City Voices, Gloucester History Festival and Gloucester Heritage Forum are delighted to announce that their collaboration project of Gloucester Looking Up has been shortlisted for the National Museum and Heritage Awards.
The National Museums and Heritage Awards have celebrated the very best within museums, galleries and heritage visitor attractions across the UK for over 10 years.
‘ It’s wonderful that the collective effort of so many of Gloucester’s wonderful Heritage, community and creative organisations has been recognised. A great endorsement of what we can achieve when volunteers are valued and celebrated and culture and community work together’
The three lead partners in the project, City Voices, Gloucester History Festival and Gloucester Heritage forum were supported by film production company Squeaky Pedal and marketing consultants Flying Geese to ensure that Gloucester Looking Up project reached as many people as possible and deepened engagement with the City. Other artists part of the project include: Ellie Shipman, Elle Bry Thomas, Phil Campbell, Dominic Lofters and Ratson.
The shortlist for the Pandemic Pivot Award comprises:
- Northe Front – for demonstrating how heritage sites have an important role to play during the pandemic
- Thelma Hulert Gallery – for their project the Creative Cabin – art and nature on tour
- Chawton House – for their project transforming Chawton House: The Covid year
- South West Museum Development – for their Pest Partners project.
Gloucester Looking Up created a unique opportunity for new and existing, local, national and international audiences to be inspired by the City where three strands of interconnected artworks were commissioned. This resulted in an interactive online map which lead audiences to film, photography and downloadable resources. These resources showcased local people as they shared stories about the spaces they love. A Living History programme, in which libraries, archives and heritage sites worked with the community to collect and share their experiences of lockdown was created and a series of cultural commissions, co-created with artists, venues and communities brought alive the stories of the City in new and innovative ways.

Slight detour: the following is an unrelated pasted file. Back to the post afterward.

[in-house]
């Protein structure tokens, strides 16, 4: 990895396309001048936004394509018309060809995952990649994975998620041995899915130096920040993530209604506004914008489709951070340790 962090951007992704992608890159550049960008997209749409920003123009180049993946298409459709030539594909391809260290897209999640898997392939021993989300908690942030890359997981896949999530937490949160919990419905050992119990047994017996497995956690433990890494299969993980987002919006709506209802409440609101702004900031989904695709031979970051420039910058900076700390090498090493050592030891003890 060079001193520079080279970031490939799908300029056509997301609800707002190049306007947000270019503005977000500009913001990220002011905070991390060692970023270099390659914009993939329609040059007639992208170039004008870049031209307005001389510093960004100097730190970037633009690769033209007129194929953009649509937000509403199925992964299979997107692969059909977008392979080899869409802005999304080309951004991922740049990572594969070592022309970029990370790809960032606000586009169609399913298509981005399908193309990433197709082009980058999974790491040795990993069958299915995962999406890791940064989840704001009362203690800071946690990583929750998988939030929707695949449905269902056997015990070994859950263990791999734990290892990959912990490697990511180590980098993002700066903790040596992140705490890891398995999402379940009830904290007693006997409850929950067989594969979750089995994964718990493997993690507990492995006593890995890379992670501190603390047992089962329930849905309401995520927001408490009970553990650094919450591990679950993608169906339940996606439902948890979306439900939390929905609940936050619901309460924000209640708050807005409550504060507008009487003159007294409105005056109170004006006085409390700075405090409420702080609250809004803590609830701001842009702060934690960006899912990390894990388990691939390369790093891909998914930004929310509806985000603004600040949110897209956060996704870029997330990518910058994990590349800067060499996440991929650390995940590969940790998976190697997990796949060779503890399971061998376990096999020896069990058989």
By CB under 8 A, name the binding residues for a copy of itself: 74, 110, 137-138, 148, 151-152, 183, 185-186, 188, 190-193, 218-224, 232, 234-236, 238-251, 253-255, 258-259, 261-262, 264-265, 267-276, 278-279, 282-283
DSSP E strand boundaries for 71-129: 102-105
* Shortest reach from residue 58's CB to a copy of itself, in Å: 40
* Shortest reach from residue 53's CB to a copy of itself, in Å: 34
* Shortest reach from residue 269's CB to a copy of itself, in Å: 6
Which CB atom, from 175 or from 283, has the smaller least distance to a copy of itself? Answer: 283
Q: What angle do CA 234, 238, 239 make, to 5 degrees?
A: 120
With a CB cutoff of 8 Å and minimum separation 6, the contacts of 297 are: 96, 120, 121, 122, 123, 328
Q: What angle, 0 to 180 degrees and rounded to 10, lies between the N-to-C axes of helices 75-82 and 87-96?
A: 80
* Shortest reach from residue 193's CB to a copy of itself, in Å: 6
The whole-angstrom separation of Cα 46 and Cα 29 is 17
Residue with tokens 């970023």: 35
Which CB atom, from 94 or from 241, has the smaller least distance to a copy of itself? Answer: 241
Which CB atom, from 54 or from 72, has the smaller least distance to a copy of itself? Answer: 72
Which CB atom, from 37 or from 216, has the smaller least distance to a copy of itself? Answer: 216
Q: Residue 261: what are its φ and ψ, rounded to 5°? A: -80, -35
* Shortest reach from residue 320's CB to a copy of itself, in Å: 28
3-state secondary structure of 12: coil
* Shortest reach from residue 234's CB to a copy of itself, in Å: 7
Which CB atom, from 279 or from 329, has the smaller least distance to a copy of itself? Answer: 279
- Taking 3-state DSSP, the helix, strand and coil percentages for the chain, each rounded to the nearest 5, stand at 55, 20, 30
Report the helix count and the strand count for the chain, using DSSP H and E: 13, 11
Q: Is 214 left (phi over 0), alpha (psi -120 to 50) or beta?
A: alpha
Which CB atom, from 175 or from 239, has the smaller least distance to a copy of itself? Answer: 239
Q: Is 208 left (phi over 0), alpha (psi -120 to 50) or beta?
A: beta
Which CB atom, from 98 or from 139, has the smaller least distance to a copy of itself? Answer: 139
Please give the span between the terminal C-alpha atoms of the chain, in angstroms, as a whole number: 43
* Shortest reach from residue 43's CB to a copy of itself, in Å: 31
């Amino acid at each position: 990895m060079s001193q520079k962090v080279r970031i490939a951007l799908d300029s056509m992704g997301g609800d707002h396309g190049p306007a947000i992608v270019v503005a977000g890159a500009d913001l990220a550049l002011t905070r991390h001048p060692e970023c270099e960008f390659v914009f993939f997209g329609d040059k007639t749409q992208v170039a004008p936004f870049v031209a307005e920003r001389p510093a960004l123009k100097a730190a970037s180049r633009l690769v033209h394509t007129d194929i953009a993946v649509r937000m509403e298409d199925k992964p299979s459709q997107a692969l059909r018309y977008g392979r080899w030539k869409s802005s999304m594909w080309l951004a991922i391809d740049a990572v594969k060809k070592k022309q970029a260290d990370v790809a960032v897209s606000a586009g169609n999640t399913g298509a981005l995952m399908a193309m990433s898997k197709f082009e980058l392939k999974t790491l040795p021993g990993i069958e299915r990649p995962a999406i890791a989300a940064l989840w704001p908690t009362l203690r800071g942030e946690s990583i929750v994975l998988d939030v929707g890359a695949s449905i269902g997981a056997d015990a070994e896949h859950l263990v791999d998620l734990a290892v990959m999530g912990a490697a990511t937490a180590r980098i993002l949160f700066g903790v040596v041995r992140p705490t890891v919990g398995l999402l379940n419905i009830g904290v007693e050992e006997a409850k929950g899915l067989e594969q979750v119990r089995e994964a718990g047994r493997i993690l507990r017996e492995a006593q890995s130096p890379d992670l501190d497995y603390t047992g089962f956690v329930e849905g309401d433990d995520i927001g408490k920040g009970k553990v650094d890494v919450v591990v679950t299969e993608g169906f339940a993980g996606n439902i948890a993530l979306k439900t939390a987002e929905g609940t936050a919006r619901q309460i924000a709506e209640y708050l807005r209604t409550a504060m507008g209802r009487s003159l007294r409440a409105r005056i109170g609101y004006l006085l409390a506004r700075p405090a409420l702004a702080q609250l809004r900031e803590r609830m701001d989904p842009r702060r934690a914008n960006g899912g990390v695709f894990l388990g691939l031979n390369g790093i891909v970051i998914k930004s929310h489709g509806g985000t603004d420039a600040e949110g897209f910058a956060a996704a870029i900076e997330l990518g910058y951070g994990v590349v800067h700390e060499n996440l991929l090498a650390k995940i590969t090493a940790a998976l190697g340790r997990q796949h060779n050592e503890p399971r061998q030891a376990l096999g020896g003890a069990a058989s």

In total, Twenty five artists, 125 volunteers, and over 40 organisations collaborated within an extraordinarily tight period of time to create an astonishing range of work. The stories were fantastic – we traced the descendant of a kindertransport child, and installed his image in former hostel – the polish tenants who now live there were so proud they took the day off work; colourful artworks were installed across the city in windows for people to encounter on their daily walks; we showed our support for Black Lives Matter by sharing We See You ( Do You See Us?) in heritage venues across the city; we told the stories of all the people of the city, from the cleaners to the town crier, the poet to the veteran through interviews, poetry and commissioned films, and in novel and accessible ways, including an animated British Sign Language Tour, downloadable artists maps, and activities for families and children.
To deliver this, a tiny team worked round the clock, with just 2 months to pull together the content, and create a new website for Gloucester History Festival to showcase in September 2020.
As well as being well received critically by local and national audiences, this new digital content allowed the partnership to build and grow new and more diverse audiences. Over 26k people watched the films, and new social media activity generated a reach of 1.3M people – all of whom are now more aware of the special stories that Gloucester has to tell than they were before.
The national online awards ceremony takes place on Thursday 1 July – please wish us luck and we will let everyone know the outcome as soon as we know.